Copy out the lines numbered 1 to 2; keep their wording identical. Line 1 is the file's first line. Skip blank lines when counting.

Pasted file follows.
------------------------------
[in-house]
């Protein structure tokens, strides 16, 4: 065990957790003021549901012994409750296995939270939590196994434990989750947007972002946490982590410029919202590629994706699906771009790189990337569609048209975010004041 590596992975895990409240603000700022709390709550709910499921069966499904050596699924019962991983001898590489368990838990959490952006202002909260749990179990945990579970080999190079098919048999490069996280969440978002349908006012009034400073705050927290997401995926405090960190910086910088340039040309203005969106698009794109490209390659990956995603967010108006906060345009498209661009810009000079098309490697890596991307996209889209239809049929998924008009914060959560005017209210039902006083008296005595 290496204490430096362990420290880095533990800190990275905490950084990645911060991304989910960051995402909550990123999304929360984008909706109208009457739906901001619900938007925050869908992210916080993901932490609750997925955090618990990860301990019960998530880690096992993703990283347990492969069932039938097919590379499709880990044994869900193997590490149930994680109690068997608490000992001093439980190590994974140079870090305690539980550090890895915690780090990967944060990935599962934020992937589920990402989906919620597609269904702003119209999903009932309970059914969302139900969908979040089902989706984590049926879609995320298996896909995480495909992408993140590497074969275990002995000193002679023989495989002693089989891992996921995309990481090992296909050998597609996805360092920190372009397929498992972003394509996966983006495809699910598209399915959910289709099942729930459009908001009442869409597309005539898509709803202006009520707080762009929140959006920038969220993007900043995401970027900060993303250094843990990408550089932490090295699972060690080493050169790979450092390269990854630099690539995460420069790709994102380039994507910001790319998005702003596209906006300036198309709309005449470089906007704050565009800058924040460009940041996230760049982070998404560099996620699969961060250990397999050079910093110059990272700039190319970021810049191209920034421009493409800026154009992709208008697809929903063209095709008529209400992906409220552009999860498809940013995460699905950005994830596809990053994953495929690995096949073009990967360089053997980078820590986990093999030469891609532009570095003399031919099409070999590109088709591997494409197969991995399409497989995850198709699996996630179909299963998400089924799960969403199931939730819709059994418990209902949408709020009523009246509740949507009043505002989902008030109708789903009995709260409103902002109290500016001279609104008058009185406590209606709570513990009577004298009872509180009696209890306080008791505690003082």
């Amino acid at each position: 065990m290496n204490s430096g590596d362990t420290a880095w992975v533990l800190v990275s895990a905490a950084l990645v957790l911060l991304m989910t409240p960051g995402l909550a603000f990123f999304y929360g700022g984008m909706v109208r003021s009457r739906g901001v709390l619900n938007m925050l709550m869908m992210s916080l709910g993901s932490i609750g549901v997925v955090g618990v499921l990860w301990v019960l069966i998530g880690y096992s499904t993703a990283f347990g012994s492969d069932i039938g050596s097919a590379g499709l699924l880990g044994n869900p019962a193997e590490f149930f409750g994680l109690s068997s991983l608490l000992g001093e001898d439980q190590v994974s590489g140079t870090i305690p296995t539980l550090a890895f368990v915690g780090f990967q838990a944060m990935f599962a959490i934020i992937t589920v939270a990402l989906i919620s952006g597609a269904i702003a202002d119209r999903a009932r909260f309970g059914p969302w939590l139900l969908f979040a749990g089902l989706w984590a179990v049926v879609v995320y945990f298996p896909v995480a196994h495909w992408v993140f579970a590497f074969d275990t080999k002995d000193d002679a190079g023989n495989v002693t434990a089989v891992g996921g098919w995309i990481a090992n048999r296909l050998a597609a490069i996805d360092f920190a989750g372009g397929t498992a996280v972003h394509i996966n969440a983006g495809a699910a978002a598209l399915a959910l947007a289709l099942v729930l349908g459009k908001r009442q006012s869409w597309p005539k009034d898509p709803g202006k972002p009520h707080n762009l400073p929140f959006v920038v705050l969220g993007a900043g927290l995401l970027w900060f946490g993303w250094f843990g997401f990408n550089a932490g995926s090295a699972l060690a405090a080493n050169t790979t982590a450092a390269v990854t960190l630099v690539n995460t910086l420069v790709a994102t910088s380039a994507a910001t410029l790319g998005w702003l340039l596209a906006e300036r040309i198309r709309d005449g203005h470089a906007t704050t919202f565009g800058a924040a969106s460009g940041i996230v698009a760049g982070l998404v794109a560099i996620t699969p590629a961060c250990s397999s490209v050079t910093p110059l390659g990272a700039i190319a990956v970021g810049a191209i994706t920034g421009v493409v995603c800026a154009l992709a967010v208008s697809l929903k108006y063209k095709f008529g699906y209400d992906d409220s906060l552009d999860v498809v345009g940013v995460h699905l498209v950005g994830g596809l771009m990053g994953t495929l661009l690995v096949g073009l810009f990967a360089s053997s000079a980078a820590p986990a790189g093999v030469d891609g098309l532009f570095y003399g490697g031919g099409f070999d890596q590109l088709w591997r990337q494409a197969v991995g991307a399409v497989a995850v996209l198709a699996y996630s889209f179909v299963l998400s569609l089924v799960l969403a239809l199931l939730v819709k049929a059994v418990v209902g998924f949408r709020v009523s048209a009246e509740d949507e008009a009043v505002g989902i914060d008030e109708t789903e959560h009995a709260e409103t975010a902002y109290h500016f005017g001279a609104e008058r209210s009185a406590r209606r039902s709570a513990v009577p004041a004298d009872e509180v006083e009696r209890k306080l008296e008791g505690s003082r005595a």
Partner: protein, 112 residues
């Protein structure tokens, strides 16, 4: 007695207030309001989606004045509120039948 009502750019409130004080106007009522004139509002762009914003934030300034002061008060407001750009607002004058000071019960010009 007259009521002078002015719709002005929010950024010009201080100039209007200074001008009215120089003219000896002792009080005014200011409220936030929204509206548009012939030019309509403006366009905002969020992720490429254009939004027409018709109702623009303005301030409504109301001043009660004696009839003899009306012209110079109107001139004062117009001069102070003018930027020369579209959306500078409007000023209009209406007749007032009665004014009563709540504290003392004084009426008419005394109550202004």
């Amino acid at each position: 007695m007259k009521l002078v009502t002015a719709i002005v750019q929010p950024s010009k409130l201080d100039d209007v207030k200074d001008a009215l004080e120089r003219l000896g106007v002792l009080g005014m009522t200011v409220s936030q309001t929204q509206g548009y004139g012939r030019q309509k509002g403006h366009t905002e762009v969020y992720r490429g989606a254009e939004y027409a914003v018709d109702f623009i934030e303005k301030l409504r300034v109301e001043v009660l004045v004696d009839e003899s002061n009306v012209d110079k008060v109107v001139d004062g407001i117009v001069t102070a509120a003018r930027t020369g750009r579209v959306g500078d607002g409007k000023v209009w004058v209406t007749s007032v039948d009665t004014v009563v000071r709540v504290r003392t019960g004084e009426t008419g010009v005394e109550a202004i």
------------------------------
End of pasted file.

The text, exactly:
[in-house]
């Protein structure tokens, strides 16, 4: 065990957790003021549901012994409750296995939270939590196994434990989750947007972002946490982590410029919202590629994706699906771009790189990337569609048209975010004041 590596992975895990409240603000700022709390709550709910499921069966499904050596699924019962991983001898590489368990838990959490952006202002909260749990179990945990579970080999190079098919048999490069996280969440978002349908006012009034400073705050927290997401995926405090960190910086910088340039040309203005969106698009794109490209390659990956995603967010108006906060345009498209661009810009000079098309490697890596991307996209889209239809049929998924008009914060959560005017209210039902006083008296005595 290496204490430096362990420290880095533990800190990275905490950084990645911060991304989910960051995402909550990123999304929360984008909706109208009457739906901001619900938007925050869908992210916080993901932490609750997925955090618990990860301990019960998530880690096992993703990283347990492969069932039938097919590379499709880990044994869900193997590490149930994680109690068997608490000992001093439980190590994974140079870090305690539980550090890895915690780090990967944060990935599962934020992937589920990402989906919620597609269904702003119209999903009932309970059914969302139900969908979040089902989706984590049926879609995320298996896909995480495909992408993140590497074969275990002995000193002679023989495989002693089989891992996921995309990481090992296909050998597609996805360092920190372009397929498992972003394509996966983006495809699910598209399915959910289709099942729930459009908001009442869409597309005539898509709803202006009520707080762009929140959006920038969220993007900043995401970027900060993303250094843990990408550089932490090295699972060690080493050169790979450092390269990854630099690539995460420069790709994102380039994507910001790319998005702003596209906006300036198309709309005449470089906007704050565009800058924040460009940041996230760049982070998404560099996620699969961060250990397999050079910093110059990272700039190319970021810049191209920034421009493409800026154009992709208008697809929903063209095709008529209400992906409220552009999860498809940013995460699905950005994830596809990053994953495929690995096949073009990967360089053997980078820590986990093999030469891609532009570095003399031919099409070999590109088709591997494409197969991995399409497989995850198709699996996630179909299963998400089924799960969403199931939730819709059994418990209902949408709020009523009246509740949507009043505002989902008030109708789903009995709260409103902002109290500016001279609104008058009185406590209606709570513990009577004298009872509180009696209890306080008791505690003082």